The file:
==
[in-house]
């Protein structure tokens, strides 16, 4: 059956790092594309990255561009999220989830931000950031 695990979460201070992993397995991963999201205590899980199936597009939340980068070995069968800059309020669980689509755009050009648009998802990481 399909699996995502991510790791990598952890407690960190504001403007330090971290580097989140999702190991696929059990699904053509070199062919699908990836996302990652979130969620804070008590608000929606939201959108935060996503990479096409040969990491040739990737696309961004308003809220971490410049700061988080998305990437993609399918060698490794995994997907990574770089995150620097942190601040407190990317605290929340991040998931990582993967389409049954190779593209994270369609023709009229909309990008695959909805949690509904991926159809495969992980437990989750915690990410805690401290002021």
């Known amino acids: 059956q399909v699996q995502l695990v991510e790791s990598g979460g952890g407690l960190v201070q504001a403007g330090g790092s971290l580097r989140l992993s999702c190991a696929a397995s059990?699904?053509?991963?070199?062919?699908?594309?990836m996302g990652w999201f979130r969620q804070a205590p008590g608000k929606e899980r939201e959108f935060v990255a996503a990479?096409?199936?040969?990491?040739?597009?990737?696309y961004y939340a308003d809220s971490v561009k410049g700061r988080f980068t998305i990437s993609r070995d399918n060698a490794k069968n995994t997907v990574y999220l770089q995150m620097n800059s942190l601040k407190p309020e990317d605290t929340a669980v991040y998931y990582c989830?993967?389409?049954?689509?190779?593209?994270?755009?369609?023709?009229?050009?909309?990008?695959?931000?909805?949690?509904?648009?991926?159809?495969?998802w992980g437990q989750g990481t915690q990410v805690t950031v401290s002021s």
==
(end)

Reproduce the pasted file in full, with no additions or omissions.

[in-house]
């Protein structure tokens, strides 16, 4: 059956790092594309990255561009999220989830931000950031 695990979460201070992993397995991963999201205590899980199936597009939340980068070995069968800059309020669980689509755009050009648009998802990481 399909699996995502991510790791990598952890407690960190504001403007330090971290580097989140999702190991696929059990699904053509070199062919699908990836996302990652979130969620804070008590608000929606939201959108935060996503990479096409040969990491040739990737696309961004308003809220971490410049700061988080998305990437993609399918060698490794995994997907990574770089995150620097942190601040407190990317605290929340991040998931990582993967389409049954190779593209994270369609023709009229909309990008695959909805949690509904991926159809495969992980437990989750915690990410805690401290002021």
């Known amino acids: 059956q399909v699996q995502l695990v991510e790791s990598g979460g952890g407690l960190v201070q504001a403007g330090g790092s971290l580097r989140l992993s999702c190991a696929a397995s059990?699904?053509?991963?070199?062919?699908?594309?990836m996302g990652w999201f979130r969620q804070a205590p008590g608000k929606e899980r939201e959108f935060v990255a996503a990479?096409?199936?040969?990491?040739?597009?990737?696309y961004y939340a308003d809220s971490v561009k410049g700061r988080f980068t998305i990437s993609r070995d399918n060698a490794k069968n995994t997907v990574y999220l770089q995150m620097n800059s942190l601040k407190p309020e990317d605290t929340a669980v991040y998931y990582c989830?993967?389409?049954?689509?190779?593209?994270?755009?369609?023709?009229?050009?909309?990008?695959?931000?909805?949690?509904?648009?991926?159809?495969?998802w992980g437990q989750g990481t915690q990410v805690t950031v401290s002021s």